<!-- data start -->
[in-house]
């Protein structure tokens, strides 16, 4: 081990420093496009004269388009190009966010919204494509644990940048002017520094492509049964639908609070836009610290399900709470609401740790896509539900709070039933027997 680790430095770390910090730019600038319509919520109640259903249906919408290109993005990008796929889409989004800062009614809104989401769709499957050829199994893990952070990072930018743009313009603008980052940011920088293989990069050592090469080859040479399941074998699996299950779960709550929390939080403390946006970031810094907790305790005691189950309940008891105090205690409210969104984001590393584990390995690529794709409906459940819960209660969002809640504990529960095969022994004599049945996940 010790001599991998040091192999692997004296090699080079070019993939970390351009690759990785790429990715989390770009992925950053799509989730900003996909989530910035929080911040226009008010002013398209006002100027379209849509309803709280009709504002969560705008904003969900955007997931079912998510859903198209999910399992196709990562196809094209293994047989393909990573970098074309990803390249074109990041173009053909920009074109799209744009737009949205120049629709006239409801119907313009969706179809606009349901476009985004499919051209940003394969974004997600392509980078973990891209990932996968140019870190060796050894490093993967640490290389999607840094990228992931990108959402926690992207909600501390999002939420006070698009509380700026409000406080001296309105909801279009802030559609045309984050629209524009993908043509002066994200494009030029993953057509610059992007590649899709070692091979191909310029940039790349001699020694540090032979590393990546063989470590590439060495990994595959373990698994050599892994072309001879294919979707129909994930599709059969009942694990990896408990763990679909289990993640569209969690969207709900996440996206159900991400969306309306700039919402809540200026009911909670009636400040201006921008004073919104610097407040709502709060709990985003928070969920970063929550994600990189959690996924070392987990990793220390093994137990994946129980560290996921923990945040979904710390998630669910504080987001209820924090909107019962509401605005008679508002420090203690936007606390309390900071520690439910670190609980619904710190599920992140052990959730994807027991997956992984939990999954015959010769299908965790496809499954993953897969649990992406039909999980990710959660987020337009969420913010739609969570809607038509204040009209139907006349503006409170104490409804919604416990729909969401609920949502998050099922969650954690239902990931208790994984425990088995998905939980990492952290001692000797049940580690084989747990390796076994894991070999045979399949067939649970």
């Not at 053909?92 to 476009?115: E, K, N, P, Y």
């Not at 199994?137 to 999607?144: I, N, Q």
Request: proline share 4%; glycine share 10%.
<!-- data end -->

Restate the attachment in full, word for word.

[in-house]
């Protein structure tokens, strides 16, 4: 081990420093496009004269388009190009966010919204494509644990940048002017520094492509049964639908609070836009610290399900709470609401740790896509539900709070039933027997 680790430095770390910090730019600038319509919520109640259903249906919408290109993005990008796929889409989004800062009614809104989401769709499957050829199994893990952070990072930018743009313009603008980052940011920088293989990069050592090469080859040479399941074998699996299950779960709550929390939080403390946006970031810094907790305790005691189950309940008891105090205690409210969104984001590393584990390995690529794709409906459940819960209660969002809640504990529960095969022994004599049945996940 010790001599991998040091192999692997004296090699080079070019993939970390351009690759990785790429990715989390770009992925950053799509989730900003996909989530910035929080911040226009008010002013398209006002100027379209849509309803709280009709504002969560705008904003969900955007997931079912998510859903198209999910399992196709990562196809094209293994047989393909990573970098074309990803390249074109990041173009053909920009074109799209744009737009949205120049629709006239409801119907313009969706179809606009349901476009985004499919051209940003394969974004997600392509980078973990891209990932996968140019870190060796050894490093993967640490290389999607840094990228992931990108959402926690992207909600501390999002939420006070698009509380700026409000406080001296309105909801279009802030559609045309984050629209524009993908043509002066994200494009030029993953057509610059992007590649899709070692091979191909310029940039790349001699020694540090032979590393990546063989470590590439060495990994595959373990698994050599892994072309001879294919979707129909994930599709059969009942694990990896408990763990679909289990993640569209969690969207709900996440996206159900991400969306309306700039919402809540200026009911909670009636400040201006921008004073919104610097407040709502709060709990985003928070969920970063929550994600990189959690996924070392987990990793220390093994137990994946129980560290996921923990945040979904710390998630669910504080987001209820924090909107019962509401605005008679508002420090203690936007606390309390900071520690439910670190609980619904710190599920992140052990959730994807027991997956992984939990999954015959010769299908965790496809499954993953897969649990992406039909999980990710959660987020337009969420913010739609969570809607038509204040009209139907006349503006409170104490409804919604416990729909969401609920949502998050099922969650954690239902990931208790994984425990088995998905939980990492952290001692000797049940580690084989747990390796076994894991070999045979399949067939649970």
């Not at 053909?92 to 476009?115: E, K, N, P, Y």
């Not at 199994?137 to 999607?144: I, N, Q």
Request: proline share 4%; glycine share 10%.